Evidence for a food additive as a cause of ketosis-prone diabetes

Lancet. 1981 Oct 3;2(8249):716-20. doi: 10.1016/s0140-6736(81)91048-5.


A comprehensive survey of ketosis-prone diabetes showed a 29% preponderance of males and a trend for the time of diagnosis to coincide with epidemics of viral diseases. There was a significantly increased incidence between July and January in the age group diagnosed at 0-14 years but this seasonal trend was not shown in a group of boys diagnosed at this age who were all born in the month of October. The incidence of diabetes in this group of boys was very much higher than would be expected (p less than 0.00001). HLA histocompatibility types and virus infections were considered as possible causes of this striking finding but there seemed to be at least one additional seasonal factor acting prenatally. Circumstantial evidence suggested that this additional factor is the N-nitroso-compound content of processed mutton traditionally consumed in Iceland in the two weeks from December 23. Recently produced Icelandic smoked/cured mutton contains considerable concentrations of N-nitroso-compounds. This work implies that a common food additive contributes to the production of ketosis-prone diabetes, not in the consumer but in the progeny.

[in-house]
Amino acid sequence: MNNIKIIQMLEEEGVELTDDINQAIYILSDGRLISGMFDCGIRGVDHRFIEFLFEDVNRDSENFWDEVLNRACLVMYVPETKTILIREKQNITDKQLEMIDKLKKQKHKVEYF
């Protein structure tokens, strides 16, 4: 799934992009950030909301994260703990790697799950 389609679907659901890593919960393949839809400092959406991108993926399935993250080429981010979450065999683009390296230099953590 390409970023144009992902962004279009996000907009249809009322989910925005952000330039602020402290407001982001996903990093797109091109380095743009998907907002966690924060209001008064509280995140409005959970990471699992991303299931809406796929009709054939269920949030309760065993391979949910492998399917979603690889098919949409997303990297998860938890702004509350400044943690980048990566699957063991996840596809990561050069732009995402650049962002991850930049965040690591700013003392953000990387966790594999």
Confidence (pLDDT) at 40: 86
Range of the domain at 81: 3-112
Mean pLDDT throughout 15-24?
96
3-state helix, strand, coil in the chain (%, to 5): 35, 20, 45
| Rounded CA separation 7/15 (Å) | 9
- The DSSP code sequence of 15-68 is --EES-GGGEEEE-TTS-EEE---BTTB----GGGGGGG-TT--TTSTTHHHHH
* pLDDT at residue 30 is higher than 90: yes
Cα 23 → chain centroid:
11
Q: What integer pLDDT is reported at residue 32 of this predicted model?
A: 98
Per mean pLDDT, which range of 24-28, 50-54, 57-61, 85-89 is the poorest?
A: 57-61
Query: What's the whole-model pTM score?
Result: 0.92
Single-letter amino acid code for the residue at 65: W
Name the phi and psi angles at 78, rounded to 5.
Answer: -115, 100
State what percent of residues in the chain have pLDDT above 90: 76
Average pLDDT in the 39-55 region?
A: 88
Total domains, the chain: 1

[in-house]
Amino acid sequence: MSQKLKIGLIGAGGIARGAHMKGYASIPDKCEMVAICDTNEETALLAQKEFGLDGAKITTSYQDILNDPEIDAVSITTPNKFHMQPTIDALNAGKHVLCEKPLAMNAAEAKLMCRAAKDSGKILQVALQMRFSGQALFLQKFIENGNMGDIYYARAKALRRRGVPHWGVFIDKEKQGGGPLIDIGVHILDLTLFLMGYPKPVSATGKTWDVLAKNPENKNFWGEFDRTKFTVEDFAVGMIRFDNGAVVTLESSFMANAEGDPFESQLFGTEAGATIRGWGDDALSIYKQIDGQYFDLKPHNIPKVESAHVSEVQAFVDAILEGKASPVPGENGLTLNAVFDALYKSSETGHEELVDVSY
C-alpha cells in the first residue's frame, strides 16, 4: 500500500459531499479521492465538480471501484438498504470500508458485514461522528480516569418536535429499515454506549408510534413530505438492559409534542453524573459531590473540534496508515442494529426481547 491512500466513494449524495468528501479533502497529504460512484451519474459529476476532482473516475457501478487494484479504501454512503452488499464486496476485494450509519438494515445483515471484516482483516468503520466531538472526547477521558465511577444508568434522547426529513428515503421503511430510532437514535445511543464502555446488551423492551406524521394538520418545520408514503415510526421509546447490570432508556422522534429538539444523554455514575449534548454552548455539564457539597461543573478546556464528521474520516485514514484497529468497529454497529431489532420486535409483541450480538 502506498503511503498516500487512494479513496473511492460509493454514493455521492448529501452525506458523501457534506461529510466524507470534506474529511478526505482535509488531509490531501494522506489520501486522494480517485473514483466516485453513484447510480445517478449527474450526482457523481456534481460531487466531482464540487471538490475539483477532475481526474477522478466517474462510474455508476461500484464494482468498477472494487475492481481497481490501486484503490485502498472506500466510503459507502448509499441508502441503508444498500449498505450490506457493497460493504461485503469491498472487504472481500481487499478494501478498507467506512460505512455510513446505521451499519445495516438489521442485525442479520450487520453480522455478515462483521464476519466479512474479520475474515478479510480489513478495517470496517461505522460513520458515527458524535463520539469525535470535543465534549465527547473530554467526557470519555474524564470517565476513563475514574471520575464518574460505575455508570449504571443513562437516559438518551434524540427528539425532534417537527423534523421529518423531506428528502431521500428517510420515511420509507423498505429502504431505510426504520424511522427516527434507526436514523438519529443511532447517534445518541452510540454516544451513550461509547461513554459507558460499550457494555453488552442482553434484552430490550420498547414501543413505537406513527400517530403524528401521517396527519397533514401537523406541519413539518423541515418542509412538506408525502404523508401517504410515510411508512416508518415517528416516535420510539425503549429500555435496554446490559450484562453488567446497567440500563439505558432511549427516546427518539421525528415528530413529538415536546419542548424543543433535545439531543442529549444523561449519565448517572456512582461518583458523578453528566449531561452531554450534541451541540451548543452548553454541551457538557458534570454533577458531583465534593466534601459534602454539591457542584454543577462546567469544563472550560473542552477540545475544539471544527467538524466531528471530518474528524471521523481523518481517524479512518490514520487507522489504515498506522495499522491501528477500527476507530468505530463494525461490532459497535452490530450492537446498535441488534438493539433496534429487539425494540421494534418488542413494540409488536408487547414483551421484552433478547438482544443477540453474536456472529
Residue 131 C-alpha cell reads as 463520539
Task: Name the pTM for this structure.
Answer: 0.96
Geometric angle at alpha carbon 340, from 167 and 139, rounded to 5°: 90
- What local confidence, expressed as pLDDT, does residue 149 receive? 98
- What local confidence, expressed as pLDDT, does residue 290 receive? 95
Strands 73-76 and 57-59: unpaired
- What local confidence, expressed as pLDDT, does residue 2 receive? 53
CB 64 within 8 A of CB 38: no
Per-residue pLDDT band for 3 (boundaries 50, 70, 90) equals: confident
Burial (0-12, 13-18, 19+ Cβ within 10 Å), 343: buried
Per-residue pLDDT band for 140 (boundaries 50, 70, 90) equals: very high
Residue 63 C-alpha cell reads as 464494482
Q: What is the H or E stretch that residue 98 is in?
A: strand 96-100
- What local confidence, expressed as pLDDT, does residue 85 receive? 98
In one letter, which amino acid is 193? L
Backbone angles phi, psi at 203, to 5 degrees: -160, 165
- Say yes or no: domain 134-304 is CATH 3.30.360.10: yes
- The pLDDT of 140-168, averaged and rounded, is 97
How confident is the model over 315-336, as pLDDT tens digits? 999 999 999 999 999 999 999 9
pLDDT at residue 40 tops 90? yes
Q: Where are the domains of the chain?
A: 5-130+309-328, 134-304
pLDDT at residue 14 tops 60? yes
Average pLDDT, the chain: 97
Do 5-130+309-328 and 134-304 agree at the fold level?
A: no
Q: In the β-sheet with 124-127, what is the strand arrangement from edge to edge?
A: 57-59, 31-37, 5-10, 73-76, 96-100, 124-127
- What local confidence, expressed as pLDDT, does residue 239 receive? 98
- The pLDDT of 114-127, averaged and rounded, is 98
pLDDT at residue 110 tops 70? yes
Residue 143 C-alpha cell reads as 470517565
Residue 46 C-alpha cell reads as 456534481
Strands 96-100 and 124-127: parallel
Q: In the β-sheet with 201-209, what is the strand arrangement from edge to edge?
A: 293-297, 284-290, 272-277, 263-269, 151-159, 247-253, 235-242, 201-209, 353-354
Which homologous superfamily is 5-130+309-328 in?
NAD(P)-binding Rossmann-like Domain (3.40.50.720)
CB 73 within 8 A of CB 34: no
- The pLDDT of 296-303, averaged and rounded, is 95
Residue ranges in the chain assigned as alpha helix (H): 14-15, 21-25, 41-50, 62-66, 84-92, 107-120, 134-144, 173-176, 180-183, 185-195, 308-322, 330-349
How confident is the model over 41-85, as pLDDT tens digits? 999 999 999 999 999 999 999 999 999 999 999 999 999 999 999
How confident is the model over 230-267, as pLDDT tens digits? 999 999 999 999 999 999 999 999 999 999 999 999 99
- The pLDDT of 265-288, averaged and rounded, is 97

Publication types

  • Research Support, Non-U.S. Gov't

MeSH terms

  • Adolescent
  • Animals
  • Antibodies, Viral / analysis
  • Child
  • Child, Preschool
  • Diabetes Mellitus, Type 1 / chemically induced*
  • Diabetes Mellitus, Type 1 / epidemiology
  • Diabetes Mellitus, Type 1 / immunology
  • Diabetic Ketoacidosis / epidemiology*
  • Female
  • Food Additives / adverse effects*
  • Humans
  • Iceland
  • Infant
  • Infant, Newborn
  • Male
  • Maternal-Fetal Exchange
  • Meat / adverse effects
  • Nitroso Compounds / adverse effects*
  • Pregnancy
  • Seasons
  • Sex Factors
  • Sheep
  • Virus Diseases / epidemiology*


  • Antibodies, Viral
  • Food Additives
  • Nitroso Compounds